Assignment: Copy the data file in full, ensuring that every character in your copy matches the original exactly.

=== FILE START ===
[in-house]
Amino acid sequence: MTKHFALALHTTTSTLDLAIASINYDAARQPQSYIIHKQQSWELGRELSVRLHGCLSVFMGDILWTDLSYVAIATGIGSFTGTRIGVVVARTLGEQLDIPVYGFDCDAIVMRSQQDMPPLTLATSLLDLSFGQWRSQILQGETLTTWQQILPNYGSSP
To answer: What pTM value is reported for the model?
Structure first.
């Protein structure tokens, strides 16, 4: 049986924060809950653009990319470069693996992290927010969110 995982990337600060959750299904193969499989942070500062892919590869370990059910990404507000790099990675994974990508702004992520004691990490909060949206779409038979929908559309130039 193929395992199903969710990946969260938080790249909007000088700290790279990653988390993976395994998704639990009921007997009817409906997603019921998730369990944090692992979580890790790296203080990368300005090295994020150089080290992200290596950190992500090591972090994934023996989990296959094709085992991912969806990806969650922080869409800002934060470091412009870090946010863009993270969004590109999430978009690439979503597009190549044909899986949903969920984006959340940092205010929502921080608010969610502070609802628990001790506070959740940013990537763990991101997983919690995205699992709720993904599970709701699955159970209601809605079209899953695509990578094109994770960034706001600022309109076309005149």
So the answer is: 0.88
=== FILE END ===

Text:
[in-house]
Amino acid sequence: MTKHFALALHTTTSTLDLAIASINYDAARQPQSYIIHKQQSWELGRELSVRLHGCLSVFMGDILWTDLSYVAIATGIGSFTGTRIGVVVARTLGEQLDIPVYGFDCDAIVMRSQQDMPPLTLATSLLDLSFGQWRSQILQGETLTTWQQILPNYGSSP
To answer: What pTM value is reported for the model?
Structure first.
């Protein structure tokens, strides 16, 4: 049986924060809950653009990319470069693996992290927010969110 995982990337600060959750299904193969499989942070500062892919590869370990059910990404507000790099990675994974990508702004992520004691990490909060949206779409038979929908559309130039 193929395992199903969710990946969260938080790249909007000088700290790279990653988390993976395994998704639990009921007997009817409906997603019921998730369990944090692992979580890790790296203080990368300005090295994020150089080290992200290596950190992500090591972090994934023996989990296959094709085992991912969806990806969650922080869409800002934060470091412009870090946010863009993270969004590109999430978009690439979503597009190549044909899986949903969920984006959340940092205010929502921080608010969610502070609802628990001790506070959740940013990537763990991101997983919690995205699992709720993904599970709701699955159970209601809605079209899953695509990578094109994770960034706001600022309109076309005149």
So the answer is: 0.88